She encourages seniors who want to be sexually active to have a sex talk with their doctors.
“We have to be our own parents at this point, and we have to responsible for ourselves, and we are never too old to ask for help and to get the answers that we need,” Dr. Horne says. “Reach out to the people who are the health professionals. Ask the right questions.”
Doctors can provide answers about practicing safe sex, and the Florida Department of Health of Lake County noted its health clinics throughout the county offer female and male condoms free of charge—all aimed at reducing the risk of STD.
Not in our backyard
SWR Properties of Ocala, also known as Spring Water Resources, was granted a permit in June from the Southwest Florida Water Management District (SWFWMD) to pump water from a Sumter County aquifer, yet it generated outcry from hundreds of residents of The Villages.
Numerous emails and letters from Villagers opposing the project were sent to the water management district, and a standing-room-only crowd of Villagers against the pumping packed a recent Sumter County Commission meeting.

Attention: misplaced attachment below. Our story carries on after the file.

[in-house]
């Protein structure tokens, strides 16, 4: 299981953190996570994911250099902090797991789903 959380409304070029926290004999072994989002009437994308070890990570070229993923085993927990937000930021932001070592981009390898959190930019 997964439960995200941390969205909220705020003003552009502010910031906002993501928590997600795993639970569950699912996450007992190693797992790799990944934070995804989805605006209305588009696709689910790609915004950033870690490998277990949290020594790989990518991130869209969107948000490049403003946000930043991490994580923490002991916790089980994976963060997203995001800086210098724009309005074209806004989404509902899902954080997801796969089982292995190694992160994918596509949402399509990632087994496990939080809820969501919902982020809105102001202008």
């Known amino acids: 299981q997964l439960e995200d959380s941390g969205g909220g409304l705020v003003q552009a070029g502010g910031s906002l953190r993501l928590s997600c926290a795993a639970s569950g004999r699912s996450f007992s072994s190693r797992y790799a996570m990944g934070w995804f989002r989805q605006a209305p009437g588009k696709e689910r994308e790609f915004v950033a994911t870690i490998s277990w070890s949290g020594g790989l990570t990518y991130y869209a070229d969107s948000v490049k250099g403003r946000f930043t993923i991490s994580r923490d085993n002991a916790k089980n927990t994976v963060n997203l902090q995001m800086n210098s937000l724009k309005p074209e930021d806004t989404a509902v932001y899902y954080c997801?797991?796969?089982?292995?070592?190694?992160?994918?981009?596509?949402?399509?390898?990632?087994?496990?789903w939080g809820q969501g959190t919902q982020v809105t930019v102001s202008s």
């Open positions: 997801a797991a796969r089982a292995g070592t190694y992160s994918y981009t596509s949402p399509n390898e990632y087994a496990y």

The opponents are against SRW Properties’ state permit allowing them to pump 496,000 gallons of water a day for 20 years from the two springs. SWR owns about 10 acres southeast of the intersection of County Road 470 and State Road 301, northeast of Bushnell, site of Fern Spring and Heart Spring. SWR Properties bought the parcel in 2012.
In the company’s permit application, it was noted the water would be sold to Azure Water, which has a 15,000-square-foot bottled water co-packing operation in Leesburg. Azure currently supplies bottled spring water from the Heatherwood Spring, part of the Crystal Springs Complex in West Central Florida.
Ally Stewart, president of Azure Water, says there is “a lot of misinformation” regarding her company being connected or partnering with SWR.
“We don’t even know how we got involved, but I think in their business plan they mentioned us,” she says, adding her company has not attended any business meetings with SWR. “And the authorities from water management have never talked to us or asked us any questions about the business plan they received.”
She says it’s “normal practice” in the industry to help companies receive renewals or new permits by providing a letter of intent. “It’s not a sales contract and nothing is binding.”